But if there is one thing the authors of the study stress, it is that the genetic variants identified “do not allow meaningful prediction of an individual’s sexual behaviour.” And yet, shortly after the publication of the paper, a company called Insolent AI launched an app called: How gay are you? which claimed to predict a person’s degree of homosexuality based on their genetic profile and in accordance with the study data. The app provoked widespread repulsion and was withdrawn after geneticist Joseph Vitti of the Broad Institute of Harvard —one of the institutions participating in the study— started a petition on change.org for its elimination.
A double-edged sword
Vitti, an activist with the LGBTQIA+ community, wrote on the Broad Institute blog: “I have yet to see a compelling argument that the potential benefits of this study outweigh its potential harms.” The truth is that these investigations arouse misgivings, even though the existence of a biology of sexual orientation is increasingly supported by science. “To my knowledge, there are no data supporting the assumption that sexual orientation and gender identity are determined by psychosocial environmental factors, so I therefore personally presume both phenomena to be substantially influenced by biological and genetic mechanisms,” Elke Smith, a neuropsychologist at the University of Cologne (Germany), who studies the cerebral traces of sexual differences, tells OpenMind.
Moreover, given that the most conservative sectors of morality have been based on the prejudice that orientations other than heterosexual were the product of fashions or lifestyle choices, the existence of a biological basis should be an argument in favour of tolerance. However, experts recognise that this is a double-edged sword. As Oxford University sociologist Melinda Mills wrote in the journal Science, in a commentary on the study by Zietsch and his collaborators: “Attributing same-sex orientation to genetics could enhance civil rights or reduce stigma. Conversely, there are fears it provides a tool for intervention or cure.”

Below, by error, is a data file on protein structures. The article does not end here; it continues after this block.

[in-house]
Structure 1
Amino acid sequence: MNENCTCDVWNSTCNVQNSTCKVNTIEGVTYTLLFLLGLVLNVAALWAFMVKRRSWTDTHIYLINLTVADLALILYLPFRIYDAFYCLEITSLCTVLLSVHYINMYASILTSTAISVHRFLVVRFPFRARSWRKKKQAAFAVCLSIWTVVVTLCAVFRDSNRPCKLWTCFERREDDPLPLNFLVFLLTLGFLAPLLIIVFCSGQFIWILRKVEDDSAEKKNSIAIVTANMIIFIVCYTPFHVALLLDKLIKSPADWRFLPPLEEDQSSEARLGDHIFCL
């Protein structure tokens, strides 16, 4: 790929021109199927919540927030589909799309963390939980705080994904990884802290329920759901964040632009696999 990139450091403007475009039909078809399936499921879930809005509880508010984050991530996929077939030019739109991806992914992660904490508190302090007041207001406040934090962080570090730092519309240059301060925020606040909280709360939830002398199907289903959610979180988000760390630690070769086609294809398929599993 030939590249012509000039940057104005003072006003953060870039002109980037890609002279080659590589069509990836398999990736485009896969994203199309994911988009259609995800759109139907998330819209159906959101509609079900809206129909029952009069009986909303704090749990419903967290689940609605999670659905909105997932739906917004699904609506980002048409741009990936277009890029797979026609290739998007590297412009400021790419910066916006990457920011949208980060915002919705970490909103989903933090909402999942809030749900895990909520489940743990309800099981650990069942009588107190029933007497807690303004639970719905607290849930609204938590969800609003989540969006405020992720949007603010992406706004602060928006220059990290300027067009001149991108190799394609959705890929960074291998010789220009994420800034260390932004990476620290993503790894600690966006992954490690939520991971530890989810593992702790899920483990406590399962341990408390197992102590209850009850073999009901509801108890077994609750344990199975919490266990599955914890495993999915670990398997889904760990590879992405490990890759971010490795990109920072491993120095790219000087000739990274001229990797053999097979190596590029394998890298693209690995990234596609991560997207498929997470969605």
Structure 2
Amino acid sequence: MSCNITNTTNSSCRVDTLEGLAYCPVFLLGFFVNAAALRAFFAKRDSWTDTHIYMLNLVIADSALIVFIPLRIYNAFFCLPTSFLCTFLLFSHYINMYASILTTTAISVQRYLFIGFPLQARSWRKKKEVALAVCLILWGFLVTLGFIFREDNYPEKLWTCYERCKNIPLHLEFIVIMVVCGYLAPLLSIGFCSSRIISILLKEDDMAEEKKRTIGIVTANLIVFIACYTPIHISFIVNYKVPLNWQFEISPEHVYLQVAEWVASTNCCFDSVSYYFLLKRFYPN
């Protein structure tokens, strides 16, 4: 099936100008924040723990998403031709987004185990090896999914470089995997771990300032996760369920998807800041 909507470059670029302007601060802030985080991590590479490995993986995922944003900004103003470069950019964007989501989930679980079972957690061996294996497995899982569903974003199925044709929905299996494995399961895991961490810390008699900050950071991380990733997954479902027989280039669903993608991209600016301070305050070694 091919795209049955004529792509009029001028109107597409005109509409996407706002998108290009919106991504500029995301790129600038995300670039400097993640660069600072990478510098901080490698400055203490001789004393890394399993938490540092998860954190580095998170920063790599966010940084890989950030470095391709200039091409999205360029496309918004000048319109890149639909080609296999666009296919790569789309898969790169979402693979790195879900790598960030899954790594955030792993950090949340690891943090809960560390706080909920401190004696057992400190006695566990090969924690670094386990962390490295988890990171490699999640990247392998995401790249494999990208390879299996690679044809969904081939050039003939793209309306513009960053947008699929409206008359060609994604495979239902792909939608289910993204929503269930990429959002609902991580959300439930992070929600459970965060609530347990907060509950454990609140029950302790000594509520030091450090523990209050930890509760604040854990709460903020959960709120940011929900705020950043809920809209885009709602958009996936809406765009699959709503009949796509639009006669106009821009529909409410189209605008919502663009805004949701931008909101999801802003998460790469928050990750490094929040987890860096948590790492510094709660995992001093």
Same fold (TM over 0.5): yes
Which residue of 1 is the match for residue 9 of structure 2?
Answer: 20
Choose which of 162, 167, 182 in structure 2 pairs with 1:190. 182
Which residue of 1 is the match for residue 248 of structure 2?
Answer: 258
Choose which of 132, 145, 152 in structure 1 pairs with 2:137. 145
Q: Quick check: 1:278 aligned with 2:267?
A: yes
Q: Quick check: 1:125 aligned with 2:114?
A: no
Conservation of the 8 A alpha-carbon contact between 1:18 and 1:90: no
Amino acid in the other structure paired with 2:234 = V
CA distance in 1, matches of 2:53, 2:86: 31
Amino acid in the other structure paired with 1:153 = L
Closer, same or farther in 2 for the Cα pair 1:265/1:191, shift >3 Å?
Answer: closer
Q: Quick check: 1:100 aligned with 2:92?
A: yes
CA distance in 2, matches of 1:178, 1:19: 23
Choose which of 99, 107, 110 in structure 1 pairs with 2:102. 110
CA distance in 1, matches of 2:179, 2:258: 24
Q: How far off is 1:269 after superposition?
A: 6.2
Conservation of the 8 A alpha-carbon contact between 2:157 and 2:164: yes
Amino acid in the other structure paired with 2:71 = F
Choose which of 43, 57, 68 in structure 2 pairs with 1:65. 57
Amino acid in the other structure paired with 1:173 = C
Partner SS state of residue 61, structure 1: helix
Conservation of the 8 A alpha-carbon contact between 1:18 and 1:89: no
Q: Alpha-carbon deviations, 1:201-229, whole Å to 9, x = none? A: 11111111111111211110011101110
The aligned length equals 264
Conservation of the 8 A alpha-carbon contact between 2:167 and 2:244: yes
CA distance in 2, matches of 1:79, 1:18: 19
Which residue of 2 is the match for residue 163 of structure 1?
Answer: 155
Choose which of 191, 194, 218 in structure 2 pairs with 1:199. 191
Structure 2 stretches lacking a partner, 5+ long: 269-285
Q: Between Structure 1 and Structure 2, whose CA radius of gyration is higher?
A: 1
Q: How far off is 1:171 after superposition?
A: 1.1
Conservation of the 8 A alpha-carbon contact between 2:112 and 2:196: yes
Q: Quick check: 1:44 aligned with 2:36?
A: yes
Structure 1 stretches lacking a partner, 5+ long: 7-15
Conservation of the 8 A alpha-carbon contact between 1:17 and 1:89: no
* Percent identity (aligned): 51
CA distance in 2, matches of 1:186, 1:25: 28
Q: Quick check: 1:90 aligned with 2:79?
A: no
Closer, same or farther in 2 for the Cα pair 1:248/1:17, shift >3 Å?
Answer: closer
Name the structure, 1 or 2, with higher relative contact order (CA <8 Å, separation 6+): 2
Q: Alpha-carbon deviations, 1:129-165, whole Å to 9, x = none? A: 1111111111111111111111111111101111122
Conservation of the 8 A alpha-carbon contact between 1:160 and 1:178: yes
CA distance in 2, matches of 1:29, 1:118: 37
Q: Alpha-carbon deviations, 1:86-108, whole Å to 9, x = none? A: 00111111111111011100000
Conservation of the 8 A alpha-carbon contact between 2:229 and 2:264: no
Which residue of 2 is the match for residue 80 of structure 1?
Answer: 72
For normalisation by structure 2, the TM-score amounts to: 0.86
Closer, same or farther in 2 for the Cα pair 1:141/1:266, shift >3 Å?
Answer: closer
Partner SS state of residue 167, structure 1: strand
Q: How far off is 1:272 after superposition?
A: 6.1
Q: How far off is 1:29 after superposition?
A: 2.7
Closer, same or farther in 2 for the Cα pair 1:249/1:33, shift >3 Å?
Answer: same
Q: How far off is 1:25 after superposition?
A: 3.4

The ambivalence is also manifested in the effects these scientific findings have on the public. There are studies that document an improvement in the attitude towards homosexuality in people who receive information about this influence of biology. But curiously, there are also studies that show just the opposite.
Meanwhile, Zietsch and his collaborators are so aware of the concern surrounding these investigations that they have participated in talks and workshops with the LGBTQIA+ community and have even created a website dedicated to explaining their results. For the scientist, it is fundamental to separate knowledge from moral issues. “Were we to avoid studying sexual preference or other such topics due to political sensitivities, we be leaving these important aspects of human diversity in the dark, and I don’t think that would be good for anyone,” he argues. For the researcher, what should take precedence over all this is that, “as a society we have decided that individuals should not face discrimination or stigma based on their preference for same-sex or opposite-sex partners or both.”